This is my father’s favorite scene from Fiddler on the Roof. Tevye and the butcher Lazer Wolf are celebrating Lazer’s engagement to Tevye’s daughter Tzeitel at the local inn. The Jews drink to their health and dance together artlessly but with enthusiasm. Suddenly, the Cossacks sing over them and expropriate the dance floor, performing graceful but aggressive dance steps and chasing the Jews away, silencing them. One of them bumps into Tevye, and all the Jews in the bar tremble with apprehension, lest the night’s revelry end in bloodshed. But Tevye accepts the Cossack’s invitation and dances with him, for at least one night converting the hostile, bullying Cossacks into amiable drunks having some fun with the Jews that is mutually enjoyable for a change.
But it’s my father’s favorite. I don’t care for it. Being a Tevye myself, I know a bit about it. More likely, the real Tevye tried his best to dance with the Cossacks and befriend them, and they almost went along with him, but then one of them thought it might be more fun to kick his teeth in, and it was. Then a second Cossack saw Tevye lying on the floor bleeding, and being a bit tipsy decided to relieve himself on him. Tevye, by lying still and enduring the golden stream, escaped with his life that time, but failed to convert his enemies into friends.
Tevye is an archetype, the Every-Jew of our long exile, trying to scratch out a line of melody pleasing both to his G-d and himself without breaking his neck. On that night, at least as played by Topol on the silver screen, he succeeded beautifully. But removing him from his birthplace in Sholem Aleichem’s short stories, and his artificial habitat in a beloved musical, let’s consider him. The real Tevyes, the ones who inspired the stories, did not get by so easily. One of them tried that trick of dancing with the gray-clad German occupiers, and they shot Lazer Wolf dead, and then hustled him, along with his wife, daughters and their husbands into cattle cars. Others, after the Czar chased all the Tevyes out of Anatevka, saw what was coming, and emigrated to America, where they prosper to this day, as they did in centuries gone by in Spain, medieval England, Germany and Poland, until each time disaster hit and they had to flee again.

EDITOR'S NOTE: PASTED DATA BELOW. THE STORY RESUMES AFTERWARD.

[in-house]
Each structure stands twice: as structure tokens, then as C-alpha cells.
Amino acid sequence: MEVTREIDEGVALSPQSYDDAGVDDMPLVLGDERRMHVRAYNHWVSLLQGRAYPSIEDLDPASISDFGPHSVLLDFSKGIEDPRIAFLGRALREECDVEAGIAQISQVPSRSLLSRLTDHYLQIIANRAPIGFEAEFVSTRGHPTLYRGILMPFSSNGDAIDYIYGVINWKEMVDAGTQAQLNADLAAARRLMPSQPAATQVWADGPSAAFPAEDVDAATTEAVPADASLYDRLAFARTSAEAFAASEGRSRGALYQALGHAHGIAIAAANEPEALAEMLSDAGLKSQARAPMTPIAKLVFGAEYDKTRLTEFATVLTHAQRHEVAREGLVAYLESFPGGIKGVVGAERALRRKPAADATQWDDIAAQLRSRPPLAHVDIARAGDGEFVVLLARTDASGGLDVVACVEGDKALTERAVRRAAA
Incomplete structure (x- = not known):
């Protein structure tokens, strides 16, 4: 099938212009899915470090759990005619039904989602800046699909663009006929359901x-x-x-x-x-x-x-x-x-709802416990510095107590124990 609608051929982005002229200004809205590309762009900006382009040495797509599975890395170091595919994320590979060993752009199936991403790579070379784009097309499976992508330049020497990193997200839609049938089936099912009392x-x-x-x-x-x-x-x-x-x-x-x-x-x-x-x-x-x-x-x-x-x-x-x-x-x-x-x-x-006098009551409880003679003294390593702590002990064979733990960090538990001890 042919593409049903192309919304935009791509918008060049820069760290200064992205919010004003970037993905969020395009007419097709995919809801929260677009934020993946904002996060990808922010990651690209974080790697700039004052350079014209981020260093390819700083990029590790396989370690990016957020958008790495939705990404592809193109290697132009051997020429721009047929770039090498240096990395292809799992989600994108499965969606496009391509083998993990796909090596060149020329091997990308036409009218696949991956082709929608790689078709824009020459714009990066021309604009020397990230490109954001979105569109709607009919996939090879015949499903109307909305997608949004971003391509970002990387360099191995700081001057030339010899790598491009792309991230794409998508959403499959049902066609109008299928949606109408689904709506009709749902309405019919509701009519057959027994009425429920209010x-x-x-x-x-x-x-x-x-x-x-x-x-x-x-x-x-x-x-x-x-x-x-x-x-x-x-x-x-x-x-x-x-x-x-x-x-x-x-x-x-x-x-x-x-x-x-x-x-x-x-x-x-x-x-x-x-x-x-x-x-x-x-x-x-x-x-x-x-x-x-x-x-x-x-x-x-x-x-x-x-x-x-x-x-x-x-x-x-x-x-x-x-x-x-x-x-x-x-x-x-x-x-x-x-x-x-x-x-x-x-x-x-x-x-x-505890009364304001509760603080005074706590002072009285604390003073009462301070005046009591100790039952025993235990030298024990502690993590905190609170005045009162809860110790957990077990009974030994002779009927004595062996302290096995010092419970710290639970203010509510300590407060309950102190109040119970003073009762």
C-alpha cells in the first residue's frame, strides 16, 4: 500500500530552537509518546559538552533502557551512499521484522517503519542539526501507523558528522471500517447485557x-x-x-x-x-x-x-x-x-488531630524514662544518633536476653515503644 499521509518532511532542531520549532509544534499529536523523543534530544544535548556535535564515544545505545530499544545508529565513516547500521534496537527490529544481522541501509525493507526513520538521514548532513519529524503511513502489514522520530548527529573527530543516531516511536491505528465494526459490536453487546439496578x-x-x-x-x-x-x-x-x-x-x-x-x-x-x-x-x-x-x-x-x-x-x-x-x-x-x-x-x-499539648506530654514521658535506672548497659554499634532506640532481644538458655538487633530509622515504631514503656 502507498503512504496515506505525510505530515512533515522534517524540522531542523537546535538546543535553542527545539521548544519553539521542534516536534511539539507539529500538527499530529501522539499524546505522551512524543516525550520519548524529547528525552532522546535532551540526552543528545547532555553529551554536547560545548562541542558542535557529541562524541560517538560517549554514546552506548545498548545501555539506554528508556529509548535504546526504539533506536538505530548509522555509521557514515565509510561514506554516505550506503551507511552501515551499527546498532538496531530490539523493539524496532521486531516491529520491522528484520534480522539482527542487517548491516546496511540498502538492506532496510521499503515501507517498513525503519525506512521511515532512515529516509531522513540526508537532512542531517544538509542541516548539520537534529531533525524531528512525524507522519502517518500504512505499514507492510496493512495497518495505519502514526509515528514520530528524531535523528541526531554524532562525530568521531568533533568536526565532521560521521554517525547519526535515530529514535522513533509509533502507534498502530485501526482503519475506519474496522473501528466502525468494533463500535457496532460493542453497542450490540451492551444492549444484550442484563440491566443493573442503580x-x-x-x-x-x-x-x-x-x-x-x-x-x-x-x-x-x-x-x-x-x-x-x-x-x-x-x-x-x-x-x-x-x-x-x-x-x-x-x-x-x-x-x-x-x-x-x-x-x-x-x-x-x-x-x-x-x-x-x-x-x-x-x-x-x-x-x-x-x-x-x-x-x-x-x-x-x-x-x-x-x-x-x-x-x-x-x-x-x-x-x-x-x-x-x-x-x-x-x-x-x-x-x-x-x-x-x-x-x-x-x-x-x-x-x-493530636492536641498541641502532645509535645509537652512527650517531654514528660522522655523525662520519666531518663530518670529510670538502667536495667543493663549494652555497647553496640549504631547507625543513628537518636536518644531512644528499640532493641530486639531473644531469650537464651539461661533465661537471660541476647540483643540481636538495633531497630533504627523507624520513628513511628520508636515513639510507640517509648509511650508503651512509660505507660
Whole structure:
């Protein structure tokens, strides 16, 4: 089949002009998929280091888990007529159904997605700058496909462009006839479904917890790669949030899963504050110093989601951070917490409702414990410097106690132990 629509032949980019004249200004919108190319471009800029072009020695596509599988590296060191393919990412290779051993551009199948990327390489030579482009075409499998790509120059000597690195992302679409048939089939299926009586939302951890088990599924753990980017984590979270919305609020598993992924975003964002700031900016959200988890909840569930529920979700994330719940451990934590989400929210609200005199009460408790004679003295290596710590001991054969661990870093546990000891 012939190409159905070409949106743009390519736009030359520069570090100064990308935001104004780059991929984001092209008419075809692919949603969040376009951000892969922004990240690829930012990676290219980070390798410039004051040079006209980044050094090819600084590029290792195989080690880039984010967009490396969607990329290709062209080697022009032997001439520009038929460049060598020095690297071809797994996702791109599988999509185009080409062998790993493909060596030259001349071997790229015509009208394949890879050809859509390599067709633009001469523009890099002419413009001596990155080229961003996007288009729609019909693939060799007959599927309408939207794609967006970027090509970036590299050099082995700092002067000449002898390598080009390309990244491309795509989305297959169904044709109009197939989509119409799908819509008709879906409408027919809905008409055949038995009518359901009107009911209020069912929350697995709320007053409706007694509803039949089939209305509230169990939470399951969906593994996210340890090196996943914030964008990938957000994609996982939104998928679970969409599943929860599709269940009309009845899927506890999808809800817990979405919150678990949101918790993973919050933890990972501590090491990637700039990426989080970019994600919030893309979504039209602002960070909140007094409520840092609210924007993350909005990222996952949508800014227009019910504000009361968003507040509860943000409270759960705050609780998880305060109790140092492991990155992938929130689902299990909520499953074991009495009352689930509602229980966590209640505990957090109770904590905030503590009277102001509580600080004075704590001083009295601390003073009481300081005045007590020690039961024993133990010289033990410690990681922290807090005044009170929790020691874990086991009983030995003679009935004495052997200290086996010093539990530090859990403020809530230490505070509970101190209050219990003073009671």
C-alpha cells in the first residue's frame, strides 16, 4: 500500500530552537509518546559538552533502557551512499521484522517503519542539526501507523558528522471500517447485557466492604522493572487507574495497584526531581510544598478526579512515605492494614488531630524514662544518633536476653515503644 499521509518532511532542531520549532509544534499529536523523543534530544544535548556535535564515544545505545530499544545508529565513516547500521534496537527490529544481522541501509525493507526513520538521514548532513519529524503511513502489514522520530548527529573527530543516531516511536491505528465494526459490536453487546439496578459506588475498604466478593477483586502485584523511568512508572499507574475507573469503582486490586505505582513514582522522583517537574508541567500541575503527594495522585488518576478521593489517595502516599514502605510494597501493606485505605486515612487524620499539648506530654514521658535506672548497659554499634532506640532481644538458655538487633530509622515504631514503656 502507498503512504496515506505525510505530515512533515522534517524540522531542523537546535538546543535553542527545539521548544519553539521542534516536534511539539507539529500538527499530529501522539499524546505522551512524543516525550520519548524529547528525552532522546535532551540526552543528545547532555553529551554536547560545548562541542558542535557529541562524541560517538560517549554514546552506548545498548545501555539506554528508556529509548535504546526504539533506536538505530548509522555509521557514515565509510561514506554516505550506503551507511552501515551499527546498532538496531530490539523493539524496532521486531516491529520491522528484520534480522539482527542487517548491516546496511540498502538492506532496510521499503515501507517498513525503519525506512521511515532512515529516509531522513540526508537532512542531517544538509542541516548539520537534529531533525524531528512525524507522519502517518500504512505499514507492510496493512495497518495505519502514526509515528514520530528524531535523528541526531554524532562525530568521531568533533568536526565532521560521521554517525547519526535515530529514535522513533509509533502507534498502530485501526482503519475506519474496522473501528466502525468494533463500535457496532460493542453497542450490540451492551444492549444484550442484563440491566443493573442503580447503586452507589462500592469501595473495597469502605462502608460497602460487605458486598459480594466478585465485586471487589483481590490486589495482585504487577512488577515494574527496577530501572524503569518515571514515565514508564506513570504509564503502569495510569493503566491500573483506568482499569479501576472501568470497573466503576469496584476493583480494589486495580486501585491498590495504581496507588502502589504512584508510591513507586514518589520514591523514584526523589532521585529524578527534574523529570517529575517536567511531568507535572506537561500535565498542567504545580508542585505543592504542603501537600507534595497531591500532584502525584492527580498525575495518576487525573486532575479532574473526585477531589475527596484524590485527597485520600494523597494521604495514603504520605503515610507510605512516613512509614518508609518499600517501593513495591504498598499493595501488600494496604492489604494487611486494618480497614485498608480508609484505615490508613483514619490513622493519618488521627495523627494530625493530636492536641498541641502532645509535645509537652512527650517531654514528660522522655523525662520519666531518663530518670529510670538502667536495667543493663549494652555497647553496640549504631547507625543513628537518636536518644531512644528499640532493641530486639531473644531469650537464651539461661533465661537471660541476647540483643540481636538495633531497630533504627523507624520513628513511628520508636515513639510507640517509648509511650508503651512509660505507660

Still others made it to the Holy Land, and found themselves unwelcome there for the same reason they were unwelcome in Russia and elsewhere: They’re Jews, Christ-killers, trouble-makers, unbelievers in this or that prophet that the local goyim adore.
Russia was not the Promised Land; it was easy to leave. We were merely tolerated there even in the best of times. The same is true of Iraq, Poland, Yemen, Hungary, Morocco, Germany, Algeria, and all the other places on earth where the Tevyes had managed their precarious existences, wearing a variety of hat styles but all remaining Tevyes to the bone.
Israel, however, is promised to us. That promise is a specific place to which we truly belong but few had ever actually seen, sustained the many generations of Tevyes for millennia. Along with a belief in our unique Divine mission, it has given our sufferings and travails meaning and depth without which we would not have survived as a people. And always, at every opportunity, those fortunate enough to find a way have come home. To a greater extent than Israel is promised to us, we are promised to it. More than it belongs to us, we belong to it. And here I speak not of the State of Israel grudgingly approved by the UN after Harry Truman precipitously recognized it, but of the Biblical land. We belonged to Hebron for thousands of years before it was ethnically cleansed (“Juden, raus!” or “Yahood rahoo!” Take your pick.) by angry mobs of Arabs (with the help of the British in their role as good cops) in 1929. We belonged to it for the 38 years in which it was kept artificially Judenrein (or “bedoon alyahood”). We belong to it now and forever, regardless of whether it’s diplomatically/politically expedient. We’re here. We’re staying.